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When a convenience store opens, the first and most important responsibility of that retailer is to ensure that all of the products they sell are legal, and that they’re only sold to customers who are of legal age to purchase them. This applies to a wide range of products in stores, including tobacco, alcohol, vapes (more on that shortly), bladed articles such as knives, lottery products and more. We believe that as a whole, the convenience sector has a very strong record on responsible retailing, due in no small part to the successful implementation of Challenge25 as an age checking procedure not just for alcohol, but for all age restricted products. However, recently members have raised significant concerns about one category in particular that is being sold irresponsibly at scale.

James Lowman

One of the fastest growing categories in the convenience sector is the e-cigarette or vaping market. With great margins, lots of customer interest and a huge range of product SKUs on offer, vapes are now on the shelves of the majority of stores after being a pretty niche product just a few years ago. The regulations surrounding these products are also relatively recent, with age restrictions on the sale of vaping products to those under the age of 18, as well as proxy sales, coming into force in October 2015. To help retailers with this category, we have a dedicated Assured Advice guide, highlighting the importance of a robust age restricted sales policy such as Challenge 25, as well as detailed guidance on the types of product that are (and aren’t) legal to sell.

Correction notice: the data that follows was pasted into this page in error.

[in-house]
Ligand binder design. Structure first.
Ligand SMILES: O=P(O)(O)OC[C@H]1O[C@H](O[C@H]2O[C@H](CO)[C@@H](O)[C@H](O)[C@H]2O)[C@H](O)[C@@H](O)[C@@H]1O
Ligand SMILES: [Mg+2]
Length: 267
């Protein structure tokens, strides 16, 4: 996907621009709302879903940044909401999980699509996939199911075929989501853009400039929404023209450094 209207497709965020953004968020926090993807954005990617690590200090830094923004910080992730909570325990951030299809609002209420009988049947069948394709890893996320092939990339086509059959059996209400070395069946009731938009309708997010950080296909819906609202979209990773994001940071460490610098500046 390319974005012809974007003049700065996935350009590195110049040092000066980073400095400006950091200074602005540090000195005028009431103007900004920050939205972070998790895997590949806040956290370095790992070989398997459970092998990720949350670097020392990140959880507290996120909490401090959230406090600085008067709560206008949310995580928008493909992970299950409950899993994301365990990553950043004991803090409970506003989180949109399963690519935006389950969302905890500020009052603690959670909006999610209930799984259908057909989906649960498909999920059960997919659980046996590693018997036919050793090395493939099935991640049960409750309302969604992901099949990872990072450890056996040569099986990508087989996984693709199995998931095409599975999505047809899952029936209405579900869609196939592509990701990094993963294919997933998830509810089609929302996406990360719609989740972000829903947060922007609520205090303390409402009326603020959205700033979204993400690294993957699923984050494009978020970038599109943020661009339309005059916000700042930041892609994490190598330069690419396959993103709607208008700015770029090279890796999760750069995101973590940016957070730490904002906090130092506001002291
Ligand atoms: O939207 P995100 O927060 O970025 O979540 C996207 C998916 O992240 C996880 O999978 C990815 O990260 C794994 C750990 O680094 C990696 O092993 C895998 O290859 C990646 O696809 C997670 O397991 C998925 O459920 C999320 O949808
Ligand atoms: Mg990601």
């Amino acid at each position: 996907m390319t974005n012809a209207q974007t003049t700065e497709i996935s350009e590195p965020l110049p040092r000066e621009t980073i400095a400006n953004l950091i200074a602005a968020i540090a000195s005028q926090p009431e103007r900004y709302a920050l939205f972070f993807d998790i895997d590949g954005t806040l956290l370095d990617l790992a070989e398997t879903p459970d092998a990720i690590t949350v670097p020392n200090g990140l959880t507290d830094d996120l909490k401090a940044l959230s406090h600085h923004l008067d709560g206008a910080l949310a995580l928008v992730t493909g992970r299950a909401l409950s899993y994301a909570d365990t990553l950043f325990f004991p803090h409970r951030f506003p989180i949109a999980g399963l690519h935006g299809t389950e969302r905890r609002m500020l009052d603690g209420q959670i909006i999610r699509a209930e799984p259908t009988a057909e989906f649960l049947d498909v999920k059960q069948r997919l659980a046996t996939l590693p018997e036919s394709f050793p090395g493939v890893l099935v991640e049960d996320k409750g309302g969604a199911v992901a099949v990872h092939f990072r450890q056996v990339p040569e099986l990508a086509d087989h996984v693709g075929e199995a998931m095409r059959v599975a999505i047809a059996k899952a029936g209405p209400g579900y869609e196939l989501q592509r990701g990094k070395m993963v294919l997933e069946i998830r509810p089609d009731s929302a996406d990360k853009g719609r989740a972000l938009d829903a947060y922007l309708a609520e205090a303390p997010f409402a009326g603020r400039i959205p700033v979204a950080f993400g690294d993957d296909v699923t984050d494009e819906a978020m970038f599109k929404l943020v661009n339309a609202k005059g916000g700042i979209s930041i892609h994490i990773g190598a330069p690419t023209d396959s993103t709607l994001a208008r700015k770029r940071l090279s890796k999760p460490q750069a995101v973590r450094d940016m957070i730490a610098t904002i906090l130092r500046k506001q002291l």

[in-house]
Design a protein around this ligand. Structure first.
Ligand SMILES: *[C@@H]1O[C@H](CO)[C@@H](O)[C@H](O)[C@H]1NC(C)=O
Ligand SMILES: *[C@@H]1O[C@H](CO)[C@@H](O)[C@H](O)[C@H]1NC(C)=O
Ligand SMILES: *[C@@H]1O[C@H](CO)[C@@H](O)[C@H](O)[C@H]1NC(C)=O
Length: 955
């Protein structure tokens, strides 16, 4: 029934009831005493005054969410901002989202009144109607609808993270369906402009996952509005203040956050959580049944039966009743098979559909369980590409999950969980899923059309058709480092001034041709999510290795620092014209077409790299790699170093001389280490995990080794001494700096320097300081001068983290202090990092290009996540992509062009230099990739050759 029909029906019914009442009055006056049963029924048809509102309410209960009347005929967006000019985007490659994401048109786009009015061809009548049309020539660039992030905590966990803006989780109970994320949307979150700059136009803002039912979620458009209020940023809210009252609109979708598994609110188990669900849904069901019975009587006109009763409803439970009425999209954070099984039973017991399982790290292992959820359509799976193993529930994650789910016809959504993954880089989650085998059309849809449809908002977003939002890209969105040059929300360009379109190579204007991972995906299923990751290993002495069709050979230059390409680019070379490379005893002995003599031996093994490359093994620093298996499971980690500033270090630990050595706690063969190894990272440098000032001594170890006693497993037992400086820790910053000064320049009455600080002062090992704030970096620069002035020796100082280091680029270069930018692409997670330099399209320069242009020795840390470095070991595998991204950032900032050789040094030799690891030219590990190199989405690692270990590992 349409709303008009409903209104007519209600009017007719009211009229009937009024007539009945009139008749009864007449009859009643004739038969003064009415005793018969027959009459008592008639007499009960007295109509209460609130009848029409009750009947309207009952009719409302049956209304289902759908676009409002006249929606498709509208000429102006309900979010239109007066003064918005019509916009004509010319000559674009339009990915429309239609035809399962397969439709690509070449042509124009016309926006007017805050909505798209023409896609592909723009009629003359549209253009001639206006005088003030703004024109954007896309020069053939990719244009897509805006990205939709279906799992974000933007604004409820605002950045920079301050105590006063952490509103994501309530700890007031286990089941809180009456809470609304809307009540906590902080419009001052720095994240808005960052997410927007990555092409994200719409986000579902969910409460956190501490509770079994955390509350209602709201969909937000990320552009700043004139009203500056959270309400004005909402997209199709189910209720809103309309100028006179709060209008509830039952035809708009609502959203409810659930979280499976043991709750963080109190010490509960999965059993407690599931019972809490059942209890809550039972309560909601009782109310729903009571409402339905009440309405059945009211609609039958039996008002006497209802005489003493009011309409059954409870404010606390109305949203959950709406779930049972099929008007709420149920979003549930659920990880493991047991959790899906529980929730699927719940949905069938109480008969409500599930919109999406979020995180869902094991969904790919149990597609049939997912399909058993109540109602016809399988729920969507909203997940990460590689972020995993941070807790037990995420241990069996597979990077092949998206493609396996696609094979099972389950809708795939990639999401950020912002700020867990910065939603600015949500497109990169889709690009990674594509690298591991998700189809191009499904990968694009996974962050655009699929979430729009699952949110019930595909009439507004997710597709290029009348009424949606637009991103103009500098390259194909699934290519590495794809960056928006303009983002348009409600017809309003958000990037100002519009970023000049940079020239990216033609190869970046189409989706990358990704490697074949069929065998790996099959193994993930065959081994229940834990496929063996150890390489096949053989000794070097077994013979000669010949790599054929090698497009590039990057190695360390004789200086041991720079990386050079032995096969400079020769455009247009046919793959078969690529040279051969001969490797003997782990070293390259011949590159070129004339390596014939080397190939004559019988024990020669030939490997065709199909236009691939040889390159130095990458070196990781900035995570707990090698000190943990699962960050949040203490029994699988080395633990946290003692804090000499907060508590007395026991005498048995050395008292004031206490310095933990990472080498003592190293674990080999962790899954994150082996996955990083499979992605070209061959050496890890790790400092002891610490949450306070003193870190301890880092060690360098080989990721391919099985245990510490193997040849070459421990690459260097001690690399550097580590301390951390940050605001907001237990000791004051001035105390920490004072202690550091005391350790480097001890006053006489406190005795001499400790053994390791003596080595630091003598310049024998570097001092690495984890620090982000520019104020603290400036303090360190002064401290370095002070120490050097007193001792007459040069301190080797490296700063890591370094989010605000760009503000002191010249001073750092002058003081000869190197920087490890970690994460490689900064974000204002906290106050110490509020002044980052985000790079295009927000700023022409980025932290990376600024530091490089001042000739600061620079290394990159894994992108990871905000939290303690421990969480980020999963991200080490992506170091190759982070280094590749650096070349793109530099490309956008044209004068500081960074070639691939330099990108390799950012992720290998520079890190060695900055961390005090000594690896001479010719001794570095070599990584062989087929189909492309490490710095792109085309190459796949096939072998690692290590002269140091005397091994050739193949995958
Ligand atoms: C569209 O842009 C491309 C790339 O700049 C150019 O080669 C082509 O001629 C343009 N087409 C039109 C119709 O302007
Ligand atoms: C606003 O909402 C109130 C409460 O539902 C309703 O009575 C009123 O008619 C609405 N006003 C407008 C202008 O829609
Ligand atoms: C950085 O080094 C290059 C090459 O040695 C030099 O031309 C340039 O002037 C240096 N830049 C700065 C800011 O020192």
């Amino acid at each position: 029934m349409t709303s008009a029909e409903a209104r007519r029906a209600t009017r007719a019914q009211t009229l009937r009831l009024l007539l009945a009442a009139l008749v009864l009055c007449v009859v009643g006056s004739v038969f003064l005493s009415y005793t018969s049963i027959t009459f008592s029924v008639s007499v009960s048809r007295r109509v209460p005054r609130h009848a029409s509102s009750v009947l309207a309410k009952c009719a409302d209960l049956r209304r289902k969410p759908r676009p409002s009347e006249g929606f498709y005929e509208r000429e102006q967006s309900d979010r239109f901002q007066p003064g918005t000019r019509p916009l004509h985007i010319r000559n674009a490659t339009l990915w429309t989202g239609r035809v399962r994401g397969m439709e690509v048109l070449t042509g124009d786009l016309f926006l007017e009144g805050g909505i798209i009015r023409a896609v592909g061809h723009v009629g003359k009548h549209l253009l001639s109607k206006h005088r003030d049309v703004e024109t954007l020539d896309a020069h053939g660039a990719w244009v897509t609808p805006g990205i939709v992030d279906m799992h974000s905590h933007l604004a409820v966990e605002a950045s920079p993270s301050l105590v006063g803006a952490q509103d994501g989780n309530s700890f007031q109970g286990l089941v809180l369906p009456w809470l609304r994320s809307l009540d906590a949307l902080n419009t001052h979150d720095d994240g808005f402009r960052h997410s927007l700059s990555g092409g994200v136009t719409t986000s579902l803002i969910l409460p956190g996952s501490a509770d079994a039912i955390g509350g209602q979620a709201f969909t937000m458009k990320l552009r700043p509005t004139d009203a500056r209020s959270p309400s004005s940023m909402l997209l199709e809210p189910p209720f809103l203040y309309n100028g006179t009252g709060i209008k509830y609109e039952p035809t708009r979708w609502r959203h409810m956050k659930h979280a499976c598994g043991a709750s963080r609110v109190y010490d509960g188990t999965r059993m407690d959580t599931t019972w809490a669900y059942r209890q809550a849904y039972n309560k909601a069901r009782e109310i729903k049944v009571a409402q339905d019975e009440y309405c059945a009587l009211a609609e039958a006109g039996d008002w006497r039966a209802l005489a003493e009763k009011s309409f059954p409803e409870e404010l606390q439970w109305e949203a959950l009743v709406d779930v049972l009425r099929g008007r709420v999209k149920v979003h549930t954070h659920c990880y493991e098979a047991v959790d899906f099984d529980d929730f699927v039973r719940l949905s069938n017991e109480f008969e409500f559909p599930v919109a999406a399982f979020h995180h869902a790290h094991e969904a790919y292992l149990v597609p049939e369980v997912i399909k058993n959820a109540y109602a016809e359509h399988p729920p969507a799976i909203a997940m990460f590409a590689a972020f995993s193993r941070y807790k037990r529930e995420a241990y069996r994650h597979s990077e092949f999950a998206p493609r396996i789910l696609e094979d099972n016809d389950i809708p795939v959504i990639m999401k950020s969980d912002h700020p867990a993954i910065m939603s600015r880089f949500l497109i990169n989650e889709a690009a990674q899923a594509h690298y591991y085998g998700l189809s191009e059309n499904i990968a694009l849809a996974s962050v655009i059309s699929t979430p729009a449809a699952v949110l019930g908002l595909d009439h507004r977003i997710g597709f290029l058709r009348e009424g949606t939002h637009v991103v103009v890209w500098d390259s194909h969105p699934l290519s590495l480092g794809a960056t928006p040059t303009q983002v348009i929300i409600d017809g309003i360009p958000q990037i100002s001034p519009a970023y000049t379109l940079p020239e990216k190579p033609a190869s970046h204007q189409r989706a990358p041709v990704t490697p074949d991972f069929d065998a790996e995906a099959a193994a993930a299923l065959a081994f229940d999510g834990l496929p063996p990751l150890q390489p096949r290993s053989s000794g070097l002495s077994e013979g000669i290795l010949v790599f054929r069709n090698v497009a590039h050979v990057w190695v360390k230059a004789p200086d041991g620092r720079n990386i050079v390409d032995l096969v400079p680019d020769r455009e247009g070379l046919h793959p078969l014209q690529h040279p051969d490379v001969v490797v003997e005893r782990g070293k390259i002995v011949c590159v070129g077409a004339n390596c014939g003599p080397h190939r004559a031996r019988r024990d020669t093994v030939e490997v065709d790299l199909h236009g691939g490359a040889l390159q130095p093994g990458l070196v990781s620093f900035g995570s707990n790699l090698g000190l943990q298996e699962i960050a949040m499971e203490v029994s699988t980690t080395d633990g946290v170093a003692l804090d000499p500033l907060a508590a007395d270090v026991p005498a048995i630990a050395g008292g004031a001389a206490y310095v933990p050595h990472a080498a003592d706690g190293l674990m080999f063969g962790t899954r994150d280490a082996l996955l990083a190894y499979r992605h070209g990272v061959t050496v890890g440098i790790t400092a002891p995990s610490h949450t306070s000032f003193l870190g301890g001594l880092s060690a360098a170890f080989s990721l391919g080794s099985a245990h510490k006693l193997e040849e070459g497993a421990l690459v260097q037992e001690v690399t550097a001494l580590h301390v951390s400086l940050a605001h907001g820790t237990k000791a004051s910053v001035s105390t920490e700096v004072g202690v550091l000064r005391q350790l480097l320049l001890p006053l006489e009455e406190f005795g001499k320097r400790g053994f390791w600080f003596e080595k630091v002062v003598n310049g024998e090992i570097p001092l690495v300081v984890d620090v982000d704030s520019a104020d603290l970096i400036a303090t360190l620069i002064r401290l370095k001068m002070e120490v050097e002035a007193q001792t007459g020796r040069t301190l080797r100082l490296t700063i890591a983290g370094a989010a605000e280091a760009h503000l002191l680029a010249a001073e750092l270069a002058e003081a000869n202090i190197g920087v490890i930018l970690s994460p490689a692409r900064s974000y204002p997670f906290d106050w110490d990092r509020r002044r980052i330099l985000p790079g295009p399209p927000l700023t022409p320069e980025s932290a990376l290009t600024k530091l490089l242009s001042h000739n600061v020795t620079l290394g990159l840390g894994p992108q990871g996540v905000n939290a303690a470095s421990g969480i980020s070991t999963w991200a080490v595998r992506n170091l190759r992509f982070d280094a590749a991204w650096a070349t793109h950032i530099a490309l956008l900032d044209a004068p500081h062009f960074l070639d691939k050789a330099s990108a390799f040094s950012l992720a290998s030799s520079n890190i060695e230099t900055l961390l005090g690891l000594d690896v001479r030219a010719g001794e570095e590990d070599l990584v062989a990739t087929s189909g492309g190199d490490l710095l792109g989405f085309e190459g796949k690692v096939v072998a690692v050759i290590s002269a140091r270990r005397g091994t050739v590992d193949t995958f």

We have heard from members and trading standards officers that illegal vaping products are being sold frequently and brazenly by retailers, with some even advertising the products with point of sale materials around the till. The most common illegal product being sold is one that is essentially larger than it is allowed to be. The Tobacco and Related Products Regulations introduced in 2016 put a maximum capacity of 2ml on an e-cigarette tank, and a maximum of 10ml of e-liquid for refill containers. The 2ml limit equates to around 600 ‘puffs’, which tends to be the measure for which most consumers judge these products by. Vapes that claim to provide significantly more usage than that are not legal to sell in the UK, but you don’t have to go far to see products advertising 3,000 puffs in one disposable device. Trading Standards are out visiting stores, seizing these products, but they need more resources to be able to do so effectively given the scale of the problem. If you see illegal products being sold near you, report it immediately to Trading Standards. And if customers request these products, let them know that they’re not legal for you to sell.

Promoting responsible retailing is at the heart of what we do at ACS, through our partnership with Surrey and Buckinghamshire Trading Standards to provide Assured Advice on age restricted products, our work with CAP (Community Alcohol Partnerships) to reduce local alcohol harm, with the Proof of Age Standards Scheme (PASS) to accredit forms of ID, and our engagement with Government on regulations affecting all age restricted categories. We have a wide range of resources available on our website to support you and your colleagues in implementing and communicating a robust age restricted sales policy, and will maintaining our focus on supporting responsible retailers at our events and conferences throughout the next year.